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Madness is rare in individuals—but in groups, parties, nations, and ages it is the rule. [From Beyond Good & Evil]
Let me put this in words that even you commoners can understand: it's not often that you find someone who will voluntarily mutilate himself or herself for no particular reason. But let's say that all of your friends decide to have their earlobes removed, then you might start thinking that having your earlobe removed is no big deal. You might even start thinking that it's a good idea.
What I'm saying in this quote is that yes, you probably would jump off a cliff if the rest of your fellow sheeple were doing it. It's hard to have a handle on reality, or even to begin to know what reality is, when so much of what you do has been conditioned by what everyone else is doing. And let me just say—what everyone else is doing is pretty often a bad idea.
You can put me down on the list of people totally against groupthink.
As is well known, the priests are the most evil enemies—but why? Because they are the most impotent. [From On the Genealogy of Morals]
As is well known, I'm not too big on Christianity. It takes people's perfectly normal desire to dominate others and perverts it into new and twisted forms. Think about it: only in the Christian religion would power-hungry priests torture people to death in order to make sure that these very people had "genuinely" converted (it was for their own good, y'know?). At least that maniacal atheist dictator Stalin was honest about his motivations for murdering people: he was a paranoid lunatic who thought that they were trying to usurp him.
My point here is that theoretically, priests shouldn't be out for power at all—but come on, are you going to tell me that the Church isn't out for power? Isn't power built right into the Church, whatever it says to the contrary? It's because the priests have to pretend they're not out for power that they get so warped. We're talking some truly nasty hypocrisy here.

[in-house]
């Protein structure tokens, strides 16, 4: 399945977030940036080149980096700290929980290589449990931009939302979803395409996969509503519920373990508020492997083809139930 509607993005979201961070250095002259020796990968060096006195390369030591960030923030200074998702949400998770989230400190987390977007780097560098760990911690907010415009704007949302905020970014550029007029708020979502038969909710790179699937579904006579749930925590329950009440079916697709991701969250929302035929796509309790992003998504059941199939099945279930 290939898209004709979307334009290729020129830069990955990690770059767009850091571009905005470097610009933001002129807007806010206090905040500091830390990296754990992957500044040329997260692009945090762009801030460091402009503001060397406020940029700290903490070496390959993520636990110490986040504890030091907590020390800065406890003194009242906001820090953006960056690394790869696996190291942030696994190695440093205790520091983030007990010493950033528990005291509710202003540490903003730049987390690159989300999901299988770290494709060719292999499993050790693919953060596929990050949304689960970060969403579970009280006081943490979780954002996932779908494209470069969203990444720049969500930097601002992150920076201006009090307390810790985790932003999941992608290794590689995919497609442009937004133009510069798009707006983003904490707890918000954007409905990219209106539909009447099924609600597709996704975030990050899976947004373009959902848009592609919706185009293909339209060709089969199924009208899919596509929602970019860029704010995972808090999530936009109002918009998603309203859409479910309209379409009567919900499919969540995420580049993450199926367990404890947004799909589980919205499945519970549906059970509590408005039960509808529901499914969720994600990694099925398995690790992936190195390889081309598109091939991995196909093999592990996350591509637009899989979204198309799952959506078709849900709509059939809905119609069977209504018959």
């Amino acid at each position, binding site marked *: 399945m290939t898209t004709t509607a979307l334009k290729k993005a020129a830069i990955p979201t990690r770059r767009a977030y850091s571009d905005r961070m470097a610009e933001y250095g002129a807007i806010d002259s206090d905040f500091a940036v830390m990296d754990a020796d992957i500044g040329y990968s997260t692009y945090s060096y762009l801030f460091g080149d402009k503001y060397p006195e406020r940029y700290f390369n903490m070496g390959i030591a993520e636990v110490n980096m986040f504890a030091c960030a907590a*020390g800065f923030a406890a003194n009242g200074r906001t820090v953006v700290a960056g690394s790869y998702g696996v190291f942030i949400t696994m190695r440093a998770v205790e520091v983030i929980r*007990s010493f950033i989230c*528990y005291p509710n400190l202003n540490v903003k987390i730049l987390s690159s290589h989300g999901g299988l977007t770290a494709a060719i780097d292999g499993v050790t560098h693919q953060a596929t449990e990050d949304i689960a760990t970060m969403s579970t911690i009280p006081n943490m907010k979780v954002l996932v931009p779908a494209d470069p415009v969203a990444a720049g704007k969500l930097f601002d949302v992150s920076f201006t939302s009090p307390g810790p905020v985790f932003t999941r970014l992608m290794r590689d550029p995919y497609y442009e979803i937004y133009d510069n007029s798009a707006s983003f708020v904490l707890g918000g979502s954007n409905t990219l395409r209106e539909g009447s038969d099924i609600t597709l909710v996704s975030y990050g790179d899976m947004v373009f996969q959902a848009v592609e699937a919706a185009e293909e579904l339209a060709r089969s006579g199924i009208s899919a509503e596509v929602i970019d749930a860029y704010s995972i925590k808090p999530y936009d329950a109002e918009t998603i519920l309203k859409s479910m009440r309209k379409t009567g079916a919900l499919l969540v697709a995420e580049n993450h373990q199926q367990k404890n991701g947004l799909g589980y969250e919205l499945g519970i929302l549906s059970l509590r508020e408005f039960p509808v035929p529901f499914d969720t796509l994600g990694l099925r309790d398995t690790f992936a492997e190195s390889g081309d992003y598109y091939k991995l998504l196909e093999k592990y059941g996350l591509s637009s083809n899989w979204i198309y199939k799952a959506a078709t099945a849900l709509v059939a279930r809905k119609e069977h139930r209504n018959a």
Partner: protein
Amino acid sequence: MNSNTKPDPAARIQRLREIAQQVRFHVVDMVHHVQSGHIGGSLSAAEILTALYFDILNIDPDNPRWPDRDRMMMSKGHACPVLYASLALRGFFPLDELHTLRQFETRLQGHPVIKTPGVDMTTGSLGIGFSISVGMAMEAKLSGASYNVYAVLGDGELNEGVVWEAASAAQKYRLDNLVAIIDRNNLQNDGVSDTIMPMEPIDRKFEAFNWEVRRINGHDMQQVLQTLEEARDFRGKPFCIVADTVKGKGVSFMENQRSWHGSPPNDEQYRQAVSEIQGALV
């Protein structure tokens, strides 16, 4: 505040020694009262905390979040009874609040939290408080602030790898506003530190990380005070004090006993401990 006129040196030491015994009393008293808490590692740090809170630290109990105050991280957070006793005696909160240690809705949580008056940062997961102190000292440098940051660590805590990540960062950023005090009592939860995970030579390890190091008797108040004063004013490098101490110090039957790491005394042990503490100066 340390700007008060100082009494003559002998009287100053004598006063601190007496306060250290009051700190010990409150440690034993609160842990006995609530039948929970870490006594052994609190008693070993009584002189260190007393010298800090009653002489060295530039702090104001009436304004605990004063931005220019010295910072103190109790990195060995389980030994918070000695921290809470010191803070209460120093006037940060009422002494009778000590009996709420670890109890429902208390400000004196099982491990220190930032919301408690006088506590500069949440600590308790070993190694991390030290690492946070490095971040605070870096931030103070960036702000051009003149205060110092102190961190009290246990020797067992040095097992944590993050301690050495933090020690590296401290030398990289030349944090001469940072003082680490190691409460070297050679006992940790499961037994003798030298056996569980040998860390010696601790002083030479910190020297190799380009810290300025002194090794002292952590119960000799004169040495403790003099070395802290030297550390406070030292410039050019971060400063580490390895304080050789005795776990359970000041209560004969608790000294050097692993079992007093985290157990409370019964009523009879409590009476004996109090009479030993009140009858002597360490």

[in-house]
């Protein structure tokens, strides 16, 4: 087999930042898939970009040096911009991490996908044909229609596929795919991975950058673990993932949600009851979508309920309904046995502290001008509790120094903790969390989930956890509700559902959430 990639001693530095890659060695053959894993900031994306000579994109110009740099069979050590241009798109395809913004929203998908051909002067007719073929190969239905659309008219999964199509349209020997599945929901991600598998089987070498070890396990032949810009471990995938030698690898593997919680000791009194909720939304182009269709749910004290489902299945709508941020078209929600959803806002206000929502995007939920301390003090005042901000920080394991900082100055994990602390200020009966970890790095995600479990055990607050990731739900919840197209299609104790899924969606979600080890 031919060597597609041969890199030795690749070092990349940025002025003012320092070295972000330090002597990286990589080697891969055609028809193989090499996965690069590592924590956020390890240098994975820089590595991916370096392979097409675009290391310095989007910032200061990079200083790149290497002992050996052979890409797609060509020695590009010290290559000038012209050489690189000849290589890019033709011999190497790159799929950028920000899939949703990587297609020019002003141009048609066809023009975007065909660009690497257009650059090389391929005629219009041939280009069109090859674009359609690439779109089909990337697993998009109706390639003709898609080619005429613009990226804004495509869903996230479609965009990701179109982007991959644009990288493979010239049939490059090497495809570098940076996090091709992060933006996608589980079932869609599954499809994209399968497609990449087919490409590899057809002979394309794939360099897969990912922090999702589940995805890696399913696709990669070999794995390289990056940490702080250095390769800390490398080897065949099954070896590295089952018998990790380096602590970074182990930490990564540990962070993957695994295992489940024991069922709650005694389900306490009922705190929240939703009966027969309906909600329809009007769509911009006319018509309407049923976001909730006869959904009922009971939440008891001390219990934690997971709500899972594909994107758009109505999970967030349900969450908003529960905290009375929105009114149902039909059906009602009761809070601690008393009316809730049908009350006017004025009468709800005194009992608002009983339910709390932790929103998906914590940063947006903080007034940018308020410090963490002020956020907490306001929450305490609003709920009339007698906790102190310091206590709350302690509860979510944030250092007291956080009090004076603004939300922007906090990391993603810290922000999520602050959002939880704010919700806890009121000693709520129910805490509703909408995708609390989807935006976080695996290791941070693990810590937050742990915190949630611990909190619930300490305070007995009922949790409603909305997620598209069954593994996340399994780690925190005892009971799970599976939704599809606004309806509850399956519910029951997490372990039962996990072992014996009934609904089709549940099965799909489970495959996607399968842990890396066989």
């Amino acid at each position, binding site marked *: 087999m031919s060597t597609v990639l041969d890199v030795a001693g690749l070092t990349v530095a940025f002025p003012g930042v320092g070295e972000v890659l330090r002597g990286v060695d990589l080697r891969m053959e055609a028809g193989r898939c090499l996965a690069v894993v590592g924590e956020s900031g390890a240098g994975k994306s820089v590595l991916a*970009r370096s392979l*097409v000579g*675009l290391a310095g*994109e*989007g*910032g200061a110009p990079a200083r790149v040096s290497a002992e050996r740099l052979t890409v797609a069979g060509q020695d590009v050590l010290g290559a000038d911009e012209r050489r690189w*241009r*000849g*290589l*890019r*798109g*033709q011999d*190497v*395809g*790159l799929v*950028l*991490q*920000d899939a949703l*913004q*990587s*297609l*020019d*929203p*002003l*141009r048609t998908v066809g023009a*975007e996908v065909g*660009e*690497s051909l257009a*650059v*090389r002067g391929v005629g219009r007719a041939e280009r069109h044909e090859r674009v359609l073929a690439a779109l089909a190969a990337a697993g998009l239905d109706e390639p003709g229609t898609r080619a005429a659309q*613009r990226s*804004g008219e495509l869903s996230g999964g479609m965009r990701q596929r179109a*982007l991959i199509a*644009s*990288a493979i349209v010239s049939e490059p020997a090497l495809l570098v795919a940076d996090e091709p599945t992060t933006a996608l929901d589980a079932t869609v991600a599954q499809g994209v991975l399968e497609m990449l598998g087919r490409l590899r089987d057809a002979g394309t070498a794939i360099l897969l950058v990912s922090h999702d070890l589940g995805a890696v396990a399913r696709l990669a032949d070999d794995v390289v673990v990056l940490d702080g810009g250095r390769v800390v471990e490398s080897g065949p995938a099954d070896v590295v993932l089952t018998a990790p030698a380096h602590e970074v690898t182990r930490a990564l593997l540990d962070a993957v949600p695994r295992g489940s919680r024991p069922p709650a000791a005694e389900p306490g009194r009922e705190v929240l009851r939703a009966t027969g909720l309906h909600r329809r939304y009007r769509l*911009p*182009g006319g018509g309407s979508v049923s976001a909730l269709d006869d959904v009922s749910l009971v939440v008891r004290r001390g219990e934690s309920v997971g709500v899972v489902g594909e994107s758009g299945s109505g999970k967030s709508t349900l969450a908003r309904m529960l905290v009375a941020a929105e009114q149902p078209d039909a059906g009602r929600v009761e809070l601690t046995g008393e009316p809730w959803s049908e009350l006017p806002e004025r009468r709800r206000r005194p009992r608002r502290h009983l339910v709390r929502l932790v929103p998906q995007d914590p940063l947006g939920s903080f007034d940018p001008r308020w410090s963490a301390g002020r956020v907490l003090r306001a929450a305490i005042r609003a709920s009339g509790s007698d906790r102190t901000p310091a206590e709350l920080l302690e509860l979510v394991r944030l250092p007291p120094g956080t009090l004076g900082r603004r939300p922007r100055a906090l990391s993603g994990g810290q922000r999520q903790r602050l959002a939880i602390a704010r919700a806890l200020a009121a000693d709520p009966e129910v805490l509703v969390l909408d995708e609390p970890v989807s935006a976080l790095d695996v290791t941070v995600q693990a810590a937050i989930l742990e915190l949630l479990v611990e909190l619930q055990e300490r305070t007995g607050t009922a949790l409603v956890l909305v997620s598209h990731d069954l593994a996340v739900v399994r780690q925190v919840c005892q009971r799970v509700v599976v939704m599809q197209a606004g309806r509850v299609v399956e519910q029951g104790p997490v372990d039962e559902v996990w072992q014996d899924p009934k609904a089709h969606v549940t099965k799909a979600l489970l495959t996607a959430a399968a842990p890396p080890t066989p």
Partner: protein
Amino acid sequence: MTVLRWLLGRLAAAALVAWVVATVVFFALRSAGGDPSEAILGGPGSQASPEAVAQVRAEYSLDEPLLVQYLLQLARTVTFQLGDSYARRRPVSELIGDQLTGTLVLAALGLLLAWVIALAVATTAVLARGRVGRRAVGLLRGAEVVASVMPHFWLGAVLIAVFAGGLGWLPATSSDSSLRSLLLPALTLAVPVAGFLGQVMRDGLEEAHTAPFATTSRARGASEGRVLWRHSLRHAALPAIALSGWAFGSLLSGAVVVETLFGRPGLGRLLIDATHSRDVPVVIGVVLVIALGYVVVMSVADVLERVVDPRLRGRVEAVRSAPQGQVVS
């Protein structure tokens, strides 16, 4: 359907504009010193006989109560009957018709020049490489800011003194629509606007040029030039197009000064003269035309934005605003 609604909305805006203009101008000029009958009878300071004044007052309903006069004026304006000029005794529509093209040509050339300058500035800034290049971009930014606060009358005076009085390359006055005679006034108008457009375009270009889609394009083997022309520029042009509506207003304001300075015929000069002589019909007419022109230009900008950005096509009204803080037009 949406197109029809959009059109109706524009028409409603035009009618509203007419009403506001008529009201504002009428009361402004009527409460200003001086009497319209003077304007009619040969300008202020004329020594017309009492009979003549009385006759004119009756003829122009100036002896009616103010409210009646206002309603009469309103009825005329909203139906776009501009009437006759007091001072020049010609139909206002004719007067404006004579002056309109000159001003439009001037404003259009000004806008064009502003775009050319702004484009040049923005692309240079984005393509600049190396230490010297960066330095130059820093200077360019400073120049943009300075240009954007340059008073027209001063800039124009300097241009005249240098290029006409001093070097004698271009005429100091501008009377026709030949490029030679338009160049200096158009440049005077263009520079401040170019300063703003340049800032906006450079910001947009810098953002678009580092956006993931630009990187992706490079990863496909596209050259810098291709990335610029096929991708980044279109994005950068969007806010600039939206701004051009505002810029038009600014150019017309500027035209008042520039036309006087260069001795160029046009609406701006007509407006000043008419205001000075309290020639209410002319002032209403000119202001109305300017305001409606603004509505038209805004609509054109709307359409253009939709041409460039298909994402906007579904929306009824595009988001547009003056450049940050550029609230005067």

There are no facts, only interpretations. [From The Will to Power]
People are always misinterpreting this one. Listen, I'm not saying that there's no such thing as truth—that would be a stupid thing to say, not to mention self-defeating. What I'm saying is that whenever we make a judgment about something, be it the quality of the latest Neutral Milk Hotel release (seriously, Jeff Mangum: are you ever going to drop that next album?) or whether or not vegetarianism is the moral way to eat, it's going to be filtered through and affected by our own individual perspectives.
A Hindu will be more likely to see eating meat as immoral than a rancher from Wyoming, and a hipster is probably more apt to have strongly formed opinions about In the Aeroplane Over the Sea than, say, a runway model. (A thousand apologies if you're a vegetarian rancher who loves listening to surrealist folk in between modeling gigs.)
Honestly, this should be one of the least controversial things I've ever said.
After Buddha was dead, his shadow was still shown for centuries in a cave—a tremendous, gruesome shadow. God is dead; but given the way of men, there may still be caves for thousands of years in which his shadow will be shown. —And we—we still have to vanquish his shadow, too. [from The Gay Science]
Atheism is inevitable, people. As science and philosophy continue to reveal new things about nature and about ourselves, belief in God (at least a specific, Christian God) will become increasingly outdated and unnecessary... not to mention costly—need I remind you of the Crusades? But you don't have to take my word for it—you can see the writing on the wall yourselves. Just look at the recent growth of those who claim no religion in the good ol' US of A.
Here's the thing: like it or not, Christianity has played a fundamental role in shaping the values of Western civilization, and those values are going to be a lot tougher for people to give up than religious belief. Even most atheists will say we shouldn't "throw out the baby with the bathwater," but the problem with that is that it's all bathwater. Christianity and traditionally Christian values go hand-in-hand, and if we're honest atheists, we'll realize that the time has come to create new values.
Anyway, that's my 2 cents.